According to a new report from the Daily News, for every affordable apartment offered through the city’s housing lotteries since 2013, there were 696 applicants, leaving you with a measly 0.14 percent chance of being selected. “All told, there were 2.9 million applications for 4,174 affordable units available from 72 lotteries run by the city’s Department of Housing Preservation and Development (HPD),” says the News, yet another signifier that average New Yorkers are struggling to pay ever-increasing rents.
There are, however, 8,500 affordable apartments currently under construction (the most since HPD was established in 1978), but many of these units are priced even higher than market-rate apartments. For example, DNAinfo reported yesterday that a new Downtown Brooklyn affordable housing building at City Point will offer 150 affordable units out of its 200 total. But these “will be set aside for people making up to 165 percent of the area median income, or $142,395 for a family of four.” And at 282 Lefferts Avenue in Prospect-Lefferts Gardens, “affordable” studios will go for $1,900 a month, even though the average market-rate studio in the area rents for $1,334.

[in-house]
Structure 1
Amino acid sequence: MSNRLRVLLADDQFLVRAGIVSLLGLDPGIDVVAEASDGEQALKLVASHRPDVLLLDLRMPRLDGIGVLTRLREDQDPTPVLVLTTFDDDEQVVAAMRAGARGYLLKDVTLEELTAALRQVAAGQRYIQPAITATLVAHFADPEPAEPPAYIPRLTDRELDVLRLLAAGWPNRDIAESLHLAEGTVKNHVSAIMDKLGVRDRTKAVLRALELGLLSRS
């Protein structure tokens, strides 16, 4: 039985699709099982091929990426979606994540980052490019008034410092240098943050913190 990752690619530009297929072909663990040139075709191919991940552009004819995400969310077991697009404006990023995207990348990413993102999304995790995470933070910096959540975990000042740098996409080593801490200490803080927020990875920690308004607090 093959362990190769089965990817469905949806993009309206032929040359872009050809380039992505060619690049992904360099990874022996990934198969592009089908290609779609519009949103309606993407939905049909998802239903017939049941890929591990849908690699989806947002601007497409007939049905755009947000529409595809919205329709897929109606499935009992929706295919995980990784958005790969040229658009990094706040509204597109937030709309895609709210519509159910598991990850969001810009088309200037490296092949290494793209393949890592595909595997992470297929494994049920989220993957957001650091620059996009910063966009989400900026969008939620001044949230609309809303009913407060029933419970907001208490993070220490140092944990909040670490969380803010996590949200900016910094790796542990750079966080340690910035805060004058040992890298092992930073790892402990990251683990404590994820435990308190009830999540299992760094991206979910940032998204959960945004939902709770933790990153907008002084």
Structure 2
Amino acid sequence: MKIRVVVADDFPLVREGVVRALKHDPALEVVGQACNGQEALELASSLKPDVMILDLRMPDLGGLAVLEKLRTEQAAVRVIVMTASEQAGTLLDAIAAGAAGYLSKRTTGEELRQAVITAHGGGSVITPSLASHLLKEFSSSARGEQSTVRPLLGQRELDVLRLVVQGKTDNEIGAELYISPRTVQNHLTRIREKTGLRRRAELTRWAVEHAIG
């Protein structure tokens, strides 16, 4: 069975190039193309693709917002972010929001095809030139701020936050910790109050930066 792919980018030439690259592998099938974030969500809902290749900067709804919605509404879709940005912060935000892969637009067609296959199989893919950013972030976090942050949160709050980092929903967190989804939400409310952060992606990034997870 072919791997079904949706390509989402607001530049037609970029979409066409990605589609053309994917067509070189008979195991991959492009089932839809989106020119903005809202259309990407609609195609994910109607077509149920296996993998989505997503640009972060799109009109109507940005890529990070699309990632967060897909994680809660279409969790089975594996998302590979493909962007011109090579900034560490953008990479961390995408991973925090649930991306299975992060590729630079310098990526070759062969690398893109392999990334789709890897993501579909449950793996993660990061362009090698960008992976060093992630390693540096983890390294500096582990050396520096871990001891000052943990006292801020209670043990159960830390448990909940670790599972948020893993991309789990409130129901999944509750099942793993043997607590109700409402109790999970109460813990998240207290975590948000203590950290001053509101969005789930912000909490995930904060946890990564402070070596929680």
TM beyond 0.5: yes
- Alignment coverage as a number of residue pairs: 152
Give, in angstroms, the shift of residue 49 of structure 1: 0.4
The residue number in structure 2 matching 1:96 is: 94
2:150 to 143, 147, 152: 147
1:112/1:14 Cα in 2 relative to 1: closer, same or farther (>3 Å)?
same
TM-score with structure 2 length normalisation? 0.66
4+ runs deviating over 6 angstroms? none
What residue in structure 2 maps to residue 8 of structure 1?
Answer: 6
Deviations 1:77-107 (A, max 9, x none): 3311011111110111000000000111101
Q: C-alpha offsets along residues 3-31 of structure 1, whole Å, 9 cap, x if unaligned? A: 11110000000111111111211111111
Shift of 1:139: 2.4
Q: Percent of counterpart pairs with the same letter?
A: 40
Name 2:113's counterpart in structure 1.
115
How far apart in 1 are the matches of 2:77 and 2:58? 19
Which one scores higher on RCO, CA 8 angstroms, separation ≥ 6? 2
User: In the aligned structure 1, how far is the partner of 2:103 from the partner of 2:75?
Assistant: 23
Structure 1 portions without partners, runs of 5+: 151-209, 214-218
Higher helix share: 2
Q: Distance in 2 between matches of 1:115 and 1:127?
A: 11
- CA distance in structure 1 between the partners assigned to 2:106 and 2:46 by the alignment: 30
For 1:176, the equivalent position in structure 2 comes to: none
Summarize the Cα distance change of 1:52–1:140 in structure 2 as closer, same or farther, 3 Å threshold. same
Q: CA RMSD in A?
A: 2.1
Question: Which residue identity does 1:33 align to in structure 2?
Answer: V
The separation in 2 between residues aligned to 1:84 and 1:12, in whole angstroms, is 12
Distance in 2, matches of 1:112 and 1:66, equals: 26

To qualify for an affordable apartment, an applicant must meet financial requirements related to the Area Median Income (AMI) and size of the unit. AMI, though, is based on the entire NYC region. This year, for a family of four, it came out to $86,300. But according to the Census Bureau, Brooklyn’s median income in 2013 was $46,085. Therefore, many housing advocates argue that the system is flawed and doesn’t accurately consider what residents in low-income communities can afford.
- Lawsuit Against City Wants to End Affordable Housing Allotments to Certain Communities
- City Council Announces New Task Force on Tracking and Preserving Affordable Housing
- ‘Poor Doors’ No Longer Allowed with New Rent-Regulation Bill
- City Exceeds 2014 Affordable Housing Goals, but Few Apartments Are Below 96th Street